Scientists at the Washington University in St. Louis identified vocal expressions uttered by individuals in the United States, Australia, India, Kenya and Singapore, and found that individuals were better at judging emotions from individual kinsmen.
They discovered that the Aussies and Indians could read each other pretty well despite cultural barriers.
Hillary Anger Elfenbein, the John K. Wallace, Jr. and Ellen A. Wallace Distinguished Professor and professor of Organizational Behavior at Olin Business School said, “The way they interpreted emotional expressions, they tended to be the same. Their interpretations were almost universal, which is an important finding that fits with existing work from my own team and others that shows a lot of emotion is universal.”
When one native vary the pitch of (the voice) on phrases, a person from the other country knew how to interpret the utterer’s emotions via non-verbal language or expressions: anger, fear, happiness, pride, relief, sadness, serenity and shame. No matter the emotion, the words spoken were constant.
Scientists discovered that the participants were better at judging emotions from their own countries. During the study, scientists particularly identified the intent they believed was behind it.
In this detailed analysis of Australian-Indian, volunteers were played audio clips of professional actors from each of the countries making the two aforementioned statements in English.
While English was the primary language of the Australians, the Indian group reported primary tongues Nepali, Assamese, Hindi, and Tibetan but were fluent in English. The actors were instructed to enact scenes associated with anger, fear, happiness, pride, relief sadness, serenity, and shame.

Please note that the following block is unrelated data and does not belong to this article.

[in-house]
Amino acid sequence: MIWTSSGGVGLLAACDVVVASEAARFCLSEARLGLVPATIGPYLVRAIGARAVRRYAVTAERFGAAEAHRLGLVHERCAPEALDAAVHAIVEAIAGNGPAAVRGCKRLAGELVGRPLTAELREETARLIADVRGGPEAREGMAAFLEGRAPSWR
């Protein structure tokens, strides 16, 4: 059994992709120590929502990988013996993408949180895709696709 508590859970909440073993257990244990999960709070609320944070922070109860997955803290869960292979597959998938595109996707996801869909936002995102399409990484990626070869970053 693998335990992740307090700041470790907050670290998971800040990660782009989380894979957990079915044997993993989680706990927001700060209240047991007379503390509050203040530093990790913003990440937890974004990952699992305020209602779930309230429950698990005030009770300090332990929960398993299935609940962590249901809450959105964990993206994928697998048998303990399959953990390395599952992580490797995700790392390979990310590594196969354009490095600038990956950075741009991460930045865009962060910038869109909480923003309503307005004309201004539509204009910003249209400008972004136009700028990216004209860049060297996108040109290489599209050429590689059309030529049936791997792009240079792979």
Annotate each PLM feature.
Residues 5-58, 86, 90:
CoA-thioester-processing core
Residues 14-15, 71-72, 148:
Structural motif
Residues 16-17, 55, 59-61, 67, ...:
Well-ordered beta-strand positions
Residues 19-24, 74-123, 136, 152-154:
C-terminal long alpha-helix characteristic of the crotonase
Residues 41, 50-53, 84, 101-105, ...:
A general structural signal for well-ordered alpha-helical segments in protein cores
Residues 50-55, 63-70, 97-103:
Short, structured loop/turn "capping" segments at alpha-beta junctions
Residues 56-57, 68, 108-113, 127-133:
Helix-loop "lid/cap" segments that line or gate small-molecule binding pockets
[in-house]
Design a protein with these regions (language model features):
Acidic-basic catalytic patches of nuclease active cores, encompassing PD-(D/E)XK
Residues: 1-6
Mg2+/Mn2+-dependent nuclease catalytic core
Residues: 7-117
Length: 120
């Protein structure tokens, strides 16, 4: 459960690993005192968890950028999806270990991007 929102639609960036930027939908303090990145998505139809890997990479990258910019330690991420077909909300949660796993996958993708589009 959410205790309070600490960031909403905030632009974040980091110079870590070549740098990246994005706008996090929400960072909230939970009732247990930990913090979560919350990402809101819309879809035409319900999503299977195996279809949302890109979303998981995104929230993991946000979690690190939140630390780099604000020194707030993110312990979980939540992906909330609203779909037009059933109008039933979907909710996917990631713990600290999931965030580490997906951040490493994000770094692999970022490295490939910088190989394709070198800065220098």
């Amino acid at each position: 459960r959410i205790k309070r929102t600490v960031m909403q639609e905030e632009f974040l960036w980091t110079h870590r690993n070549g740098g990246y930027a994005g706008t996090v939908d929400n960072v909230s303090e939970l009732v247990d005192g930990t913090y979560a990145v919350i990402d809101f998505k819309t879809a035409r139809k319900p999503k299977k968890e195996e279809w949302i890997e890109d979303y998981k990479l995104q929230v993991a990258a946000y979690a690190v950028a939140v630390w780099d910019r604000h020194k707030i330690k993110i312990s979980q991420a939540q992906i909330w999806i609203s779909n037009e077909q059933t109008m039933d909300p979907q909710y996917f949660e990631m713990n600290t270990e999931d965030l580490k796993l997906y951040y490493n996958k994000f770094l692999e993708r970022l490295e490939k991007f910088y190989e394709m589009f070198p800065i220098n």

The scenarios were judged across multiple computational platforms, including Bayesian analyses and other ratings previously used by Elfenbein in EI research. Different from previous cross-cultural research on emotion reception, the participants didn’t judge the emotion categories but instead offered ratings across many dimensions that appraised such things as novelty, intrinsic pleasantness, goal conduciveness, urgency, and power. Of 96 comparisons, 17 (18 percent) supported a difference between listener cultures and 61 (64 percent) supported no difference.
“It’s always a surprise when you get nearly no cultural differences,” Elfenbein said. “You expect every culture to have its own style. Especially something like this, how to interpret when we hear somebody’s voice. I didn’t quite expect it to be so similar.”
The study is published online in Royal Society Open Sciences.